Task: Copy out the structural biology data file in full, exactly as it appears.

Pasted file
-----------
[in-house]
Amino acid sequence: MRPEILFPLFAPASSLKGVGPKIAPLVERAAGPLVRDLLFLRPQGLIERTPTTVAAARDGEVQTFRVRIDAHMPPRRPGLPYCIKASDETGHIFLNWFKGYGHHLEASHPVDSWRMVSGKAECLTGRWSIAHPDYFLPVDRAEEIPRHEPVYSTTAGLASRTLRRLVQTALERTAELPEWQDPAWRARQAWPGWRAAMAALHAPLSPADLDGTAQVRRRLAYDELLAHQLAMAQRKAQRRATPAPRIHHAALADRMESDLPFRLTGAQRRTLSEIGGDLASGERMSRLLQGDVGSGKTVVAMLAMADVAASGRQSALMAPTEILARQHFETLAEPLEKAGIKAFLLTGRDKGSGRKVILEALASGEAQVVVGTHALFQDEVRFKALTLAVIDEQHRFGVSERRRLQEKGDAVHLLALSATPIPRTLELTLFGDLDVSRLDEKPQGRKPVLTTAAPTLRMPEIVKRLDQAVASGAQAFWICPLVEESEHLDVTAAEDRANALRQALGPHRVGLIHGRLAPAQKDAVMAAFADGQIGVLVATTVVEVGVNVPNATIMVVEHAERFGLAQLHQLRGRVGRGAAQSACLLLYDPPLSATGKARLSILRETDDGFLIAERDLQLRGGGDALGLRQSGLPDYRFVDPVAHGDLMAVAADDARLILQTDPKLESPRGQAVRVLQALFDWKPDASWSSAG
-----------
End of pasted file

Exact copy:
[in-house]
Amino acid sequence: MRPEILFPLFAPASSLKGVGPKIAPLVERAAGPLVRDLLFLRPQGLIERTPTTVAAARDGEVQTFRVRIDAHMPPRRPGLPYCIKASDETGHIFLNWFKGYGHHLEASHPVDSWRMVSGKAECLTGRWSIAHPDYFLPVDRAEEIPRHEPVYSTTAGLASRTLRRLVQTALERTAELPEWQDPAWRARQAWPGWRAAMAALHAPLSPADLDGTAQVRRRLAYDELLAHQLAMAQRKAQRRATPAPRIHHAALADRMESDLPFRLTGAQRRTLSEIGGDLASGERMSRLLQGDVGSGKTVVAMLAMADVAASGRQSALMAPTEILARQHFETLAEPLEKAGIKAFLLTGRDKGSGRKVILEALASGEAQVVVGTHALFQDEVRFKALTLAVIDEQHRFGVSERRRLQEKGDAVHLLALSATPIPRTLELTLFGDLDVSRLDEKPQGRKPVLTTAAPTLRMPEIVKRLDQAVASGAQAFWICPLVEESEHLDVTAAEDRANALRQALGPHRVGLIHGRLAPAQKDAVMAAFADGQIGVLVATTVVEVGVNVPNATIMVVEHAERFGLAQLHQLRGRVGRGAAQSACLLLYDPPLSATGKARLSILRETDDGFLIAERDLQLRGGGDALGLRQSGLPDYRFVDPVAHGDLMAVAADDARLILQTDPKLESPRGQAVRVLQALFDWKPDASWSSAG